Culbard does a great job with the opening scene, conveying Bridget’s desperation and struggle vividly, especially when Adriene steps on her hand. There’s also a great fizzle out as even when Bridget is out of her immediate problem, she starts to see how much has gone wrong all around her and is still going wrong. Culbard showing her gradual drop over three panels conveys this excellently on the second page. There’s some great character acting done on the newcomer Holly, too. Culbard paints her in a way that makes her seem like she’s trying to be accommodating and friendly but in an eerily comfortable way. It also makes whenever she’s upset super noticeable and a drastic change that she comes off as a threat to Bridget. Bowland also does some great lettering here, especially with the recurring noise of the Hate Box on the first page. When Adriene swears, the “One Dollar Fine” box appears just behind her pant leg, making it seem like white noise more than ever and I love that it has become such a part of the environment.
“Hate Box” is starting to wind down but with all the nuance and intricacy it has kept up consistently since the start of the series.
The Zaucer of Zilk: Part 7 – A Zaucerful of Zecrets
Peter Hogan (Script), Brendan McCarthy (Art, Colors, & Story), Len O’Grady (Colors), Jim Campbell (Letters)
Christopher Egan: This week we get a quick blast of action with part 7 in this Zaucer of Zilk saga. Opening up in Curtaindown we see that Spantalex is still frozen/dazed/comatose from this, as yet-to-be-named woman. It is a nice, dark, quiet opening that leads you to believe this is going to be a less action oriented chapter that focuses on expanding the story. However, as soon as you hit page two, it’s obvious that this is going to be a ‘war all the time’ chapter.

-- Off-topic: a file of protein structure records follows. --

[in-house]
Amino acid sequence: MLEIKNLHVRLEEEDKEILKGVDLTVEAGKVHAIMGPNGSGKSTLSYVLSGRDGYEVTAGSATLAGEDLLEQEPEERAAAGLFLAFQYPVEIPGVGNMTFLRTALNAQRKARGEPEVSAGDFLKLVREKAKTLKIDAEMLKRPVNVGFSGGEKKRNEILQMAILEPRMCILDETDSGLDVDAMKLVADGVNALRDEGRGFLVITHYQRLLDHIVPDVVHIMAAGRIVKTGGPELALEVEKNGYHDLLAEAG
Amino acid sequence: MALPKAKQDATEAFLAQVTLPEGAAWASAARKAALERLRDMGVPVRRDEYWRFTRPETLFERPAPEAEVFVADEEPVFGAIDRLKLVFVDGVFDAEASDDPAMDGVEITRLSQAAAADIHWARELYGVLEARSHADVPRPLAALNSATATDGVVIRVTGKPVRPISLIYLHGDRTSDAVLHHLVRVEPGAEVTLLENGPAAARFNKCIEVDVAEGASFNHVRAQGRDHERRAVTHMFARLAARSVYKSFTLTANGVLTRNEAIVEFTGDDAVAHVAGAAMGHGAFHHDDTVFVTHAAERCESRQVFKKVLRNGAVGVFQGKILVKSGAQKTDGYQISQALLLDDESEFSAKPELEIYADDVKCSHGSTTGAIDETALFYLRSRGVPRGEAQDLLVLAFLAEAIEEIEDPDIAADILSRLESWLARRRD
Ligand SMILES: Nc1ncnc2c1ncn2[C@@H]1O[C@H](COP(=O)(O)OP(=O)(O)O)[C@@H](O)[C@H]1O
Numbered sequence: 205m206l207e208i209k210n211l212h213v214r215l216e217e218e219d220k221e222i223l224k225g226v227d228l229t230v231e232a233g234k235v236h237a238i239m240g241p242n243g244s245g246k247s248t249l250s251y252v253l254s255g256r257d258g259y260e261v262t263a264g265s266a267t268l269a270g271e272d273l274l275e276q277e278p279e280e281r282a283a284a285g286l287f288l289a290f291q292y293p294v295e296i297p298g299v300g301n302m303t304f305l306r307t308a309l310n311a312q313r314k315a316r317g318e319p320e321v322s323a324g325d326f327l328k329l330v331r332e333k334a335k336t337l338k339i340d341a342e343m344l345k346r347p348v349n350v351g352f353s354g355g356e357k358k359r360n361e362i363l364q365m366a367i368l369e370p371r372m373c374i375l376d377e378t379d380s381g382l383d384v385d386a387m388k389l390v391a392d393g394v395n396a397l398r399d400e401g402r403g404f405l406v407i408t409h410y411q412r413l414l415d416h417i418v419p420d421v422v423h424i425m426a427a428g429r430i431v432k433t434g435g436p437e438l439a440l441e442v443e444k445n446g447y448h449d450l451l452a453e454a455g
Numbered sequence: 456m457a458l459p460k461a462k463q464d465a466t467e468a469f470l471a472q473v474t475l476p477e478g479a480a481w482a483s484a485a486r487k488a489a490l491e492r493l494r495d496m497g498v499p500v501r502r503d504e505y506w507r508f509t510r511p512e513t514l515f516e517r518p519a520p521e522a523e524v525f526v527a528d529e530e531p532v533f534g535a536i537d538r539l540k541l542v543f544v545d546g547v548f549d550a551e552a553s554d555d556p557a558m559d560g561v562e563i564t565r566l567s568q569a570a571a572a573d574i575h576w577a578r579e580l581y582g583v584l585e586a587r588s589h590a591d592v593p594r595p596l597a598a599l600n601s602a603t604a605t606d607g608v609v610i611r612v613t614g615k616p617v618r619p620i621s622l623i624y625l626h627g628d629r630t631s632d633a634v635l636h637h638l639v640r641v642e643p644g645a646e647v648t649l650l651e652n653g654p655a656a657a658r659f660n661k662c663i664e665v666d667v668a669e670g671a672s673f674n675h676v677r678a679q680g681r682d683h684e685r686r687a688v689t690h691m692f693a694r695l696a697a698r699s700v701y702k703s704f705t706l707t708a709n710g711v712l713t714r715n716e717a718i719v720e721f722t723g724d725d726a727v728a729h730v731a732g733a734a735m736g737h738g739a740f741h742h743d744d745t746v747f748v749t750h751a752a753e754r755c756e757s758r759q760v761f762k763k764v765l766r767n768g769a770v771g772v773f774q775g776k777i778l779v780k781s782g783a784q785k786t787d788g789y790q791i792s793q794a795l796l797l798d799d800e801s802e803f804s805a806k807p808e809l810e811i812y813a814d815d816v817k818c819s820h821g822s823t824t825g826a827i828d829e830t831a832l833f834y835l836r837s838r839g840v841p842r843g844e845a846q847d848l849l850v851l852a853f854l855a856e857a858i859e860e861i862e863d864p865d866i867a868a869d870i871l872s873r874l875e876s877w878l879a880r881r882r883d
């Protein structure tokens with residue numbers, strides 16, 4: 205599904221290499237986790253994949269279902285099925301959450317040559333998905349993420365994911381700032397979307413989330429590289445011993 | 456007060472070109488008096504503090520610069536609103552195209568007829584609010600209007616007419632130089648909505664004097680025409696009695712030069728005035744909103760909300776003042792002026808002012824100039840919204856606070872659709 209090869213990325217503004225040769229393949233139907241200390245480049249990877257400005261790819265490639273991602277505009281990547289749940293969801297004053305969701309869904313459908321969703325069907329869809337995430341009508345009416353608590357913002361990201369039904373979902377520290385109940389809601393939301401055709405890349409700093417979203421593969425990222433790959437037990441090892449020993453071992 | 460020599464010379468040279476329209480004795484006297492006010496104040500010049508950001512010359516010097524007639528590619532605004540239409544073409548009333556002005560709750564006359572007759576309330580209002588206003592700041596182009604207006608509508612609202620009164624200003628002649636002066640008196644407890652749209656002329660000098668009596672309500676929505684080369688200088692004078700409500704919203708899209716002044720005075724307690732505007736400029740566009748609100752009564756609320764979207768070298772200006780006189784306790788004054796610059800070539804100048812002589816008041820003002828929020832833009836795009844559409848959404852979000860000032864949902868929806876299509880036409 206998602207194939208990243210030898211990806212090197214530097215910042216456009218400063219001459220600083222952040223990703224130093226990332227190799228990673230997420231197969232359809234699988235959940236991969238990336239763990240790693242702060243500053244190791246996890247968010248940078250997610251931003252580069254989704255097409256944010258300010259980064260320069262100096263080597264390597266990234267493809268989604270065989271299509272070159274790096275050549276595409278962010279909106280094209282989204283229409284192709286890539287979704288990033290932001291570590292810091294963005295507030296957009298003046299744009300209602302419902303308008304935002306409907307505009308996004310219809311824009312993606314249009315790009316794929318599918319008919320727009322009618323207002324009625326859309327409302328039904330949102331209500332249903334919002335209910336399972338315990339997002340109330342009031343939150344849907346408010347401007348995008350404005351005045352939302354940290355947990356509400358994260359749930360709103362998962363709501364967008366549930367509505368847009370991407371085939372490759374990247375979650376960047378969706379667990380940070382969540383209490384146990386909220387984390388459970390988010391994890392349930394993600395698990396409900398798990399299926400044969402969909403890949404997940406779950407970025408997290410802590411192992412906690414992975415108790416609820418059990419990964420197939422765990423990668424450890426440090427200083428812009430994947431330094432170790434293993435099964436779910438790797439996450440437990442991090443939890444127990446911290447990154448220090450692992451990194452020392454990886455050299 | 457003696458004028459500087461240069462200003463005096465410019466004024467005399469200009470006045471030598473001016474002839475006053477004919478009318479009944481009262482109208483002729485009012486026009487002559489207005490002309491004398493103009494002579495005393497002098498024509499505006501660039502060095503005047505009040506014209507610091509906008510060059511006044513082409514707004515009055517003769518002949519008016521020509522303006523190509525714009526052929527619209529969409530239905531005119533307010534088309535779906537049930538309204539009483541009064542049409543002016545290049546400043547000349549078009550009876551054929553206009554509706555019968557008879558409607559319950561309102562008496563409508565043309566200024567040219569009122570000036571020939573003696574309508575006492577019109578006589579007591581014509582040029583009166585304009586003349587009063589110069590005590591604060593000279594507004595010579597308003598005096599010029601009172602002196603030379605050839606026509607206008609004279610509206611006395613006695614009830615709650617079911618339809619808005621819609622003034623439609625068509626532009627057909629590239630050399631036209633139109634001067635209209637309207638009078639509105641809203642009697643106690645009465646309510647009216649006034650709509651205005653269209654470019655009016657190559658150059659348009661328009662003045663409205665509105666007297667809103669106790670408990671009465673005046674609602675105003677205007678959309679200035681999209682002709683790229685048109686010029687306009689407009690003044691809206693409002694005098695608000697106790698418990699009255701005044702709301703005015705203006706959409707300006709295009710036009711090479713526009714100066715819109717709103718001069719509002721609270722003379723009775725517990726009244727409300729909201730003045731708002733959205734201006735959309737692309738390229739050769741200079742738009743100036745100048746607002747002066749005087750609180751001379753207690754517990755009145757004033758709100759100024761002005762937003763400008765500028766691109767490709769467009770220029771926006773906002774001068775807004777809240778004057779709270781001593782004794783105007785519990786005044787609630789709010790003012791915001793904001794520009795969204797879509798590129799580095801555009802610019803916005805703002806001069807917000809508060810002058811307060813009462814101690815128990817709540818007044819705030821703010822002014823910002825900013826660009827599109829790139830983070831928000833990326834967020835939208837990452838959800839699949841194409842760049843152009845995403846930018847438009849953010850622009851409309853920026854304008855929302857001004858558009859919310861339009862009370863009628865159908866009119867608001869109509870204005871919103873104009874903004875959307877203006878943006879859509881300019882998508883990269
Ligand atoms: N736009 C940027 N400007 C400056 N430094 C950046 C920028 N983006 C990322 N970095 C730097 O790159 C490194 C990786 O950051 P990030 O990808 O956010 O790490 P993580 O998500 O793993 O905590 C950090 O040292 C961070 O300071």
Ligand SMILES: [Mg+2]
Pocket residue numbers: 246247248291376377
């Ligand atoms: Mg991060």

The Zaucer and Craggaknock are battling the T’tooth and Smarty Pants and their battalion of evil trousers. The action is fun and while most of the chapters move quickly with their exposition and dramatic moments, it is great to see some fighting and something more than just grandstanding dialogue. T’tooth and Smarty Pants know they are beaten and begin to spill the evil plans behind the scenes. T’tooth is clearly under a trance and it seems that his villainous acts may have been completely out of his control. It is a nice spin on what readers have been led to believe this whole time.
The issue ends moving back to the Tailor of Tales shop and we see that he is in fact still narrating the story, but the Fancy Pants are on their way, but for ill or good we do not know. Until next time, we can only speculate on who some of these characters are and what the motivations of nearly every person could be. Where is this going? If nothing else, this series has made me anxious to find out.